Baez's drive to keep folk and traditional music vibrant after 50
years of performing awes promoter Cruse and the acts she deals with
every week at her coffeehouse.
"Quite often, especially in the 20- and 30-year-olds, (Baez) is one
of the inspirations that is behind their music and how they got
started," Cruse says.
"In traditional folk music, I can't think of a better person to
emulate than Joan Baez."
Joan Baez still singing the truth after decades of music-making
Bill Kramer • columnist
February 12, 2009
There aren't many in the arts who embody much of what the last 50
years has held more than Joan Baez, who will sing at
Charlottesville's Paramount Theater on March 3.
Baez is celebrating her 51st year as a performer and one could easily
trace much of our country's history in the last half-century by
examining her career.
She appeared at the first Newport Folk Festival in 1959 at age 18.
She was featured on the cover of Time in 1962, and a year later, she
toured with Bob Dylan and helped him gain national attention.
In those years, she appeared at many events supporting the Civil
Rights Movement, from flatbed truck stages in the deep South, to that
momentous day when she sang at the Lincoln Memorial in Washington,
when Dr. Martin Luther King delivered his famous "I Have A Dream" speech.
A lifelong pacifist, Baez sang and spoke out against the Vietnam War,
and in later years, supported such far-flung efforts as marching with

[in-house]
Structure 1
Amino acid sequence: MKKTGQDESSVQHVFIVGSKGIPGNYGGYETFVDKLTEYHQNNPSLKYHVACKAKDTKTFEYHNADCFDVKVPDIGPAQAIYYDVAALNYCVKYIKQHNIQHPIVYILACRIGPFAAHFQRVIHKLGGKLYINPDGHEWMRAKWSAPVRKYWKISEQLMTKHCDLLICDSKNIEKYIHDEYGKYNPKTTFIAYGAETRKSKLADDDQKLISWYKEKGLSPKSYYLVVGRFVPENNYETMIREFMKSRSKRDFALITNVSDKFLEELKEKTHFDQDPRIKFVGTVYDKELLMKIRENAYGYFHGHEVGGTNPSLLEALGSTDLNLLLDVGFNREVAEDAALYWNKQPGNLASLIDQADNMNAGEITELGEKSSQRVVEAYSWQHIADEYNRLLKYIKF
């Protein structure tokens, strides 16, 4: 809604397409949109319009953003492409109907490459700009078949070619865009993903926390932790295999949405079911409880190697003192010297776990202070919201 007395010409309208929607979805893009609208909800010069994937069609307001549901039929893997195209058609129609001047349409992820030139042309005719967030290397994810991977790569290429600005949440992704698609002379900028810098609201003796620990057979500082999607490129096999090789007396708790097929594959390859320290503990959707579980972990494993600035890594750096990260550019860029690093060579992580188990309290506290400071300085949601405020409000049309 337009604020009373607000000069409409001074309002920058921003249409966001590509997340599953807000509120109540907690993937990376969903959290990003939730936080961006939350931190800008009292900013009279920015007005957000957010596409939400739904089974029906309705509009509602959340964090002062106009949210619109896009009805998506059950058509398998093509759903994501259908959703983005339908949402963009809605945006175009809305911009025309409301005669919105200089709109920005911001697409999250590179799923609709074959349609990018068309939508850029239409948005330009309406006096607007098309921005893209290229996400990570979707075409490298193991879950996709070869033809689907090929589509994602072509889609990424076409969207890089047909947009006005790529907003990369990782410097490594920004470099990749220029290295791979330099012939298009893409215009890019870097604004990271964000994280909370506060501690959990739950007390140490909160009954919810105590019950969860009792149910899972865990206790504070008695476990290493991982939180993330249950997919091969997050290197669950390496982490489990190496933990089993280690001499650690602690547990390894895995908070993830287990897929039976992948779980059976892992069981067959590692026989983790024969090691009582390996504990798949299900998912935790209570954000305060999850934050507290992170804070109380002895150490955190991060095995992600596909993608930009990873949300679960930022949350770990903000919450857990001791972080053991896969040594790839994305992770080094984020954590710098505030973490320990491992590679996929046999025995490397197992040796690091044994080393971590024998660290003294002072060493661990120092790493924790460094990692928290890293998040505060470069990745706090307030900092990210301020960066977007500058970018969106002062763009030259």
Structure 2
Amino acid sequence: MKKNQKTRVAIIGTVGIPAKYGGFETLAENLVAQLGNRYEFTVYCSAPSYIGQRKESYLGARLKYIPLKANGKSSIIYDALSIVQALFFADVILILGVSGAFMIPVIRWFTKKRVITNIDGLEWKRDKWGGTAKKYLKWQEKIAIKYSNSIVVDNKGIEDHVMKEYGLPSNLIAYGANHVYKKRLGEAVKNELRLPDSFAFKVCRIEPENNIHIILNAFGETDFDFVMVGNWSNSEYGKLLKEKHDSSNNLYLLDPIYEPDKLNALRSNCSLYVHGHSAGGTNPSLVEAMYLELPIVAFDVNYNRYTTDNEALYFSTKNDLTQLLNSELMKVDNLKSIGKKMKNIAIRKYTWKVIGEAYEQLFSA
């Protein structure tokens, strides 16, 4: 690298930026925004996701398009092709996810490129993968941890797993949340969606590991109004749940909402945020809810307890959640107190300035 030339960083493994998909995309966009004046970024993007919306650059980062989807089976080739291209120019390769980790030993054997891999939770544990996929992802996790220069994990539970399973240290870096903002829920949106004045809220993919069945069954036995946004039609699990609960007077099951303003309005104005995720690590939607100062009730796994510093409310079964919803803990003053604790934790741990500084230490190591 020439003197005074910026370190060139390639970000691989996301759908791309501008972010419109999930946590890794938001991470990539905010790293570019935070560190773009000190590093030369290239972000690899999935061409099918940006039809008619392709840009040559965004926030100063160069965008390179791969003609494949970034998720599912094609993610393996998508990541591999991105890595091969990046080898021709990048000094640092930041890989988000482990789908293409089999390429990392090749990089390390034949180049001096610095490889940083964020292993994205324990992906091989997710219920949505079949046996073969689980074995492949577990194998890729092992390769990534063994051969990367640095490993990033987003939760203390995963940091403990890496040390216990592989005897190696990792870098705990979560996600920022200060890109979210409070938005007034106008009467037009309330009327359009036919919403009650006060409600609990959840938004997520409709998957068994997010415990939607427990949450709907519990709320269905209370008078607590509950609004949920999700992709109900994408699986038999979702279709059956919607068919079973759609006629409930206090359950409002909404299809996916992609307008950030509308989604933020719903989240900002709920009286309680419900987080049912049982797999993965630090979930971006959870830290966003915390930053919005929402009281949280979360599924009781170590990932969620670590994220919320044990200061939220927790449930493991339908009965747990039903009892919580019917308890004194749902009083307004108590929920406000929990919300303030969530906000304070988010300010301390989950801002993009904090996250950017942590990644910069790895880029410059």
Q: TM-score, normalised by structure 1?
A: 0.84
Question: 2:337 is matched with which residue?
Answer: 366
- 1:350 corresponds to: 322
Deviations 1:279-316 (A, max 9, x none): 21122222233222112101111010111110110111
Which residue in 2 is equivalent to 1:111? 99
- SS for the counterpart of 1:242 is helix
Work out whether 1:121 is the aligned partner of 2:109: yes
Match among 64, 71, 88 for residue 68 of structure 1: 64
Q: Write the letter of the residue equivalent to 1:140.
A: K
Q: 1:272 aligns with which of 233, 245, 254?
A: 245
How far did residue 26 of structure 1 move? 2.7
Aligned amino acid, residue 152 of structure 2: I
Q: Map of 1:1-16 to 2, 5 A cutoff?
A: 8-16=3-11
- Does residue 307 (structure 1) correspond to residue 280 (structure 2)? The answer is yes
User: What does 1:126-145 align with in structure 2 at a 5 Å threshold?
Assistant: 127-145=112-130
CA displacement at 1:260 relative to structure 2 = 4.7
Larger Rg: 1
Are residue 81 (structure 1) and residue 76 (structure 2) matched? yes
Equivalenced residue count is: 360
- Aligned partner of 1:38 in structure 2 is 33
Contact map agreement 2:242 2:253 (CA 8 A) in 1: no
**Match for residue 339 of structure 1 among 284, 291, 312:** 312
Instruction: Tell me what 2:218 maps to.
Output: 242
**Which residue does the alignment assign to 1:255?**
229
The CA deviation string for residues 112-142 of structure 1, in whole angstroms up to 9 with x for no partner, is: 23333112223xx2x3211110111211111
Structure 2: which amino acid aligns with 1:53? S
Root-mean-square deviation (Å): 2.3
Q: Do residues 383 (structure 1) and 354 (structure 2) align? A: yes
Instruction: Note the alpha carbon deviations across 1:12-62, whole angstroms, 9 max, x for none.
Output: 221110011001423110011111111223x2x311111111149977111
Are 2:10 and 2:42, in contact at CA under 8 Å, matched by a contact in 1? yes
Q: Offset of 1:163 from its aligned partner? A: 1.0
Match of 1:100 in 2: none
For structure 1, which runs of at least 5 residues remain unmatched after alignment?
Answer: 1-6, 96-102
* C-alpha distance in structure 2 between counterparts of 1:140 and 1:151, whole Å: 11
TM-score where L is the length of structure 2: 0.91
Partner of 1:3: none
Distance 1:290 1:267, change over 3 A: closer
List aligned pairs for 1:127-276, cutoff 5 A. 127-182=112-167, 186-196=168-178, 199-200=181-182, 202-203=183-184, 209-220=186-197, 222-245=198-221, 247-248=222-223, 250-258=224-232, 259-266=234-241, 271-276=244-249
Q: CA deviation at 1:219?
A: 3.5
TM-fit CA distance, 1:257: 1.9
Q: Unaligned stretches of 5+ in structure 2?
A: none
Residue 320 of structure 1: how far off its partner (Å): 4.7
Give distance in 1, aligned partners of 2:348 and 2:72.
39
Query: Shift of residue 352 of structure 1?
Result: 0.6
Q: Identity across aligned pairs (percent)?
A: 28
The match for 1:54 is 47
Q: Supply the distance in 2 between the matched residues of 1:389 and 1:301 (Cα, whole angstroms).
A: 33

the Irish Peace People in the late '70s, being the first act in the
U.S. portion of the worldwide Live Aid concerts and joining Sting and
others on Amnesty International's Conspiracy of Hope tour.
Not a prolific songwriter, but rather an interpreter of other
songwriters' work, Baez followed in the tradition of the likes of
Woody Guthrie, Pete Seeger and Odetta, singing folk songs and being a
champion of social causes.
Her latest recording, "Day After Tomorrow," stands with her best
work. Although her famous crystalline vocals are somewhat less
soaring than in her early years, Baez still expresses a warmth that
Almost as important as the material are the sidemen for the CD. As
producer, Steve Earle, one of many songwriters she has championed
over the years, brought in friends Darrel Scott, Tim O'Brien and
Kenny Malone as backup singers and instrumentalists on the album's 10 songs.
Their support allows Baez to shine. Following her longtime opposition
to war, the set includes Tom Waits' somber "Day After Tomorrow" and
"Scarlet Tide," a song written by Elvis Costello and T-Bone Burnett
about the Civil War.
Many songs on the new album likely will be part of the Paramount
appearance, along with standards, such as The Band's "The Night They
Drove Old Dixie Down."
There are many artists who started in the halcyon days of the '60s
who no longer command respect or relevance in today's music world.
Baez isn't one of them and what's more, she's still as fervent and
active as ever and her voice still has that ring of truth.
E-mail Go! music critic Bill Kramer at email@example.com.